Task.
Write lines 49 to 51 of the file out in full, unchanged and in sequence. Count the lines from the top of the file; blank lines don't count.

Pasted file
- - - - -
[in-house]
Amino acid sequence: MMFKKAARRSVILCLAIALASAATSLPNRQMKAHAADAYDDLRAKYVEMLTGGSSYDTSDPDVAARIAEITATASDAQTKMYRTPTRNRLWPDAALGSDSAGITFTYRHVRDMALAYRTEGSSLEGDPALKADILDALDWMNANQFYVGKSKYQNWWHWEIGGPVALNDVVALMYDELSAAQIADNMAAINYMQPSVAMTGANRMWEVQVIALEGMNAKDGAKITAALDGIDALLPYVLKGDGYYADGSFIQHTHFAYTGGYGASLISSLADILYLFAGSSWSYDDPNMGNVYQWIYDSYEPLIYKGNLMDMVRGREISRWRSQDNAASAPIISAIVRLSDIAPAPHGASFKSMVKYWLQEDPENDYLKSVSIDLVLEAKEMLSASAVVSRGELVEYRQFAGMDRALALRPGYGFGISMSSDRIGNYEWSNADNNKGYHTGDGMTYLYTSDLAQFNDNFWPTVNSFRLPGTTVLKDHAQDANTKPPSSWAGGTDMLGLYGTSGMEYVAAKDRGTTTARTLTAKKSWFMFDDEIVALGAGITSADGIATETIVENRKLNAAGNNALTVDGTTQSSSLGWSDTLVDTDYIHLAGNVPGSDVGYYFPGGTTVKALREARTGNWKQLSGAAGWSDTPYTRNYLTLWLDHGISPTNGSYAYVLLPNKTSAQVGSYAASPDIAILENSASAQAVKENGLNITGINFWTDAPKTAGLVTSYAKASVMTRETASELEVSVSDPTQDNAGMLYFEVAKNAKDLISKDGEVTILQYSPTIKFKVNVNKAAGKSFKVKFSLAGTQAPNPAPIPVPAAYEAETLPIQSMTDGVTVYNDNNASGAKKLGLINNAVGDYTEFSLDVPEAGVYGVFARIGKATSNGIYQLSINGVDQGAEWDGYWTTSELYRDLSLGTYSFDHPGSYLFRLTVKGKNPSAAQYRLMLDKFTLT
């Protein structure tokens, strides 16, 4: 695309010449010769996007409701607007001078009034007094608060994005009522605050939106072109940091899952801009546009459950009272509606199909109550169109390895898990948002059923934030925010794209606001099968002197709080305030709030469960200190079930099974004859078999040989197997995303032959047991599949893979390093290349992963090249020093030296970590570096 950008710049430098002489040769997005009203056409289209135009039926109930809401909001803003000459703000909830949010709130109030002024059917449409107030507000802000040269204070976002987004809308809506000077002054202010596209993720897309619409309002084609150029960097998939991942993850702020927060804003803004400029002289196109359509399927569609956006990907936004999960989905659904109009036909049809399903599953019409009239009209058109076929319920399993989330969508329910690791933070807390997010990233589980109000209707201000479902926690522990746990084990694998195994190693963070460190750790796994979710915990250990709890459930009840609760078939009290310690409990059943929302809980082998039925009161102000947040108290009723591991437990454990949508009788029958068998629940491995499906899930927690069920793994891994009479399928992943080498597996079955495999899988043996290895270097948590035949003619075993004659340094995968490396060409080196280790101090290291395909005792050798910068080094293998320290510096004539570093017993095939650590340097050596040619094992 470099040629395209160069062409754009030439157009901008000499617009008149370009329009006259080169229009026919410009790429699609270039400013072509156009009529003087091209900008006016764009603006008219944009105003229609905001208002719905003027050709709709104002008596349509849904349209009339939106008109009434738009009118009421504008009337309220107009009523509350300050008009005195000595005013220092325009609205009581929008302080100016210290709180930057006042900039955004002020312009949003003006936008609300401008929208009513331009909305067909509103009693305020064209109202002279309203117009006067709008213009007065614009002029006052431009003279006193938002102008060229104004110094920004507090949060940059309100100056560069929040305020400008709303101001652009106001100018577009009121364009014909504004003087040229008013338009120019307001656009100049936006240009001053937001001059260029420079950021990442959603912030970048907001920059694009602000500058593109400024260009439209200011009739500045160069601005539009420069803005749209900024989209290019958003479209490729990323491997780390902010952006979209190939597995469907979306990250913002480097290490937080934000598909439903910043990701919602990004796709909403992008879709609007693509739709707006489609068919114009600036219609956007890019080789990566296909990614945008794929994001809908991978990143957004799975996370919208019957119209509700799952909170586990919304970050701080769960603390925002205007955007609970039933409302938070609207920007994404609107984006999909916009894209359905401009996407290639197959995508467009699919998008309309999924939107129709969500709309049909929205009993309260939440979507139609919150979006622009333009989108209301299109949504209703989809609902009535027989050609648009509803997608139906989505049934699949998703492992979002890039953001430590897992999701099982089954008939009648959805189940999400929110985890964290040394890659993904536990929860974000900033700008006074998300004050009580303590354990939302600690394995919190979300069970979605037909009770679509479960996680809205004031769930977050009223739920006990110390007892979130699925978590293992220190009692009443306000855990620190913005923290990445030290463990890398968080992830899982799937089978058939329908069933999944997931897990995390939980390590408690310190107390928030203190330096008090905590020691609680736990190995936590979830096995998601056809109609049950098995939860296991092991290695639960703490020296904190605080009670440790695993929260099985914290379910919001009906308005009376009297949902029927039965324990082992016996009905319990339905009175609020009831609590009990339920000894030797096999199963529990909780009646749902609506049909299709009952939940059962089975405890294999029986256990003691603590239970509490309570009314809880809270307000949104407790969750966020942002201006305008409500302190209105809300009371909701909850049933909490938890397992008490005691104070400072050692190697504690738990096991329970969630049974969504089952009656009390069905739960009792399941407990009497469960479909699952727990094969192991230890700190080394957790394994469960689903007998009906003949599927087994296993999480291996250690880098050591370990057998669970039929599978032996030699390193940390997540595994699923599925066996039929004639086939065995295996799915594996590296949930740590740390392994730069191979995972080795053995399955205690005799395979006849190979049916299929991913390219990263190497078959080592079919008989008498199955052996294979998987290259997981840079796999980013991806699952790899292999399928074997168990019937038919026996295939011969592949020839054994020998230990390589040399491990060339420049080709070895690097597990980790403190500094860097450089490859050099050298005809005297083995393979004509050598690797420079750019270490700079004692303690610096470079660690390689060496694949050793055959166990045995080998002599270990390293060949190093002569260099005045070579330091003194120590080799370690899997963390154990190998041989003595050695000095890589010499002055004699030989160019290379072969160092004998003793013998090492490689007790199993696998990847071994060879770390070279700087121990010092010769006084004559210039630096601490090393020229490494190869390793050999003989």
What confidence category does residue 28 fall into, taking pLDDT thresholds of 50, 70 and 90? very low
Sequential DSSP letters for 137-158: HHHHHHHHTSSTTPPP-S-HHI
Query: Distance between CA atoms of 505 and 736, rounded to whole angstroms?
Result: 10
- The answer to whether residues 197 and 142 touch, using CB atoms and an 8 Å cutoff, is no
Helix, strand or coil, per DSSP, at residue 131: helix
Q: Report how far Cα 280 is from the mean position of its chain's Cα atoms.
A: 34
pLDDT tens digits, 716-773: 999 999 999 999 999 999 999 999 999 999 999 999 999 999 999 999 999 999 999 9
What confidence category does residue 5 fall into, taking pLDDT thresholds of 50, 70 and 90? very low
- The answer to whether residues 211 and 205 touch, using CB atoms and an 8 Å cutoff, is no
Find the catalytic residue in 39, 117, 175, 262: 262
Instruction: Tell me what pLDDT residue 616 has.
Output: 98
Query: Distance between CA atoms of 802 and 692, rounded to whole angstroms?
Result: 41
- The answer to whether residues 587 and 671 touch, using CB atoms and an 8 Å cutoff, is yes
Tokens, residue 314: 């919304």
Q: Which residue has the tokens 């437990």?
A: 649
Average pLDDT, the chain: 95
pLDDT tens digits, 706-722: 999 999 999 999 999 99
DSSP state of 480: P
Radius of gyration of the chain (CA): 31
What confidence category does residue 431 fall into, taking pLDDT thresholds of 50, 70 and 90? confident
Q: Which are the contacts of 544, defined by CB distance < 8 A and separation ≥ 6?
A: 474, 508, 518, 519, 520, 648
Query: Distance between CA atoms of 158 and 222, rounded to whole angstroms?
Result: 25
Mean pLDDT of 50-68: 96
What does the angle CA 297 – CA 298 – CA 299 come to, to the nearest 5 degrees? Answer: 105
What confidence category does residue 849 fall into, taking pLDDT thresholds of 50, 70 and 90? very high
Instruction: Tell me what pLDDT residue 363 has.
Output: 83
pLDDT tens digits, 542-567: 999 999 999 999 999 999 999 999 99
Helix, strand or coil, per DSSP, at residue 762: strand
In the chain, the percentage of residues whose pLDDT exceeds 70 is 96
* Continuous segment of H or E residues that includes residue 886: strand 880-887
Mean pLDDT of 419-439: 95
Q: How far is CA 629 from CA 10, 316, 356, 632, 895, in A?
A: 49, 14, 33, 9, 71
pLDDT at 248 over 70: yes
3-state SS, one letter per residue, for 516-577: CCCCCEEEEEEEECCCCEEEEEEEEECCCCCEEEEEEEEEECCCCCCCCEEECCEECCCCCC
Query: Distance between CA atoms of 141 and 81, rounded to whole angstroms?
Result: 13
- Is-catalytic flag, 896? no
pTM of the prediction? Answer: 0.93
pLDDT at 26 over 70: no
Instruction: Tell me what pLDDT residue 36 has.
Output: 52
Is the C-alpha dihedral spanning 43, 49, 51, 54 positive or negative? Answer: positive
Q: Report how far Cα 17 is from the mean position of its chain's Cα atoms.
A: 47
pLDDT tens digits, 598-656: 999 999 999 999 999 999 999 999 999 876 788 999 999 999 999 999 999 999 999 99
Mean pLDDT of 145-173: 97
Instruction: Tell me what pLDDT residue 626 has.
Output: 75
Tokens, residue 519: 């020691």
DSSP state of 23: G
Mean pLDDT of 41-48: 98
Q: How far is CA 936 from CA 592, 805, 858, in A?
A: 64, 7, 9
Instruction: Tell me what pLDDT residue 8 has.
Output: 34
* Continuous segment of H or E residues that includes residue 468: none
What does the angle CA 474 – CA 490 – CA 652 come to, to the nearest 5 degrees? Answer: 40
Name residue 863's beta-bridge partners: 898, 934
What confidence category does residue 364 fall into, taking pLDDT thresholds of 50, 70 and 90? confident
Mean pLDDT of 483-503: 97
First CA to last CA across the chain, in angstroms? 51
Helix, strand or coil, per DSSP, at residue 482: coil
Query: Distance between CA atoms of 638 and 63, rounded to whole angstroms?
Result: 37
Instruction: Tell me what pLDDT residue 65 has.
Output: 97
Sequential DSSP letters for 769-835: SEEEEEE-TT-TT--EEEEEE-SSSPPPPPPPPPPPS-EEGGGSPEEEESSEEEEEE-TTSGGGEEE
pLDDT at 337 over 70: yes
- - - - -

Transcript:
- Is-catalytic flag, 896? no
pTM of the prediction? Answer: 0.93
pLDDT at 26 over 70: no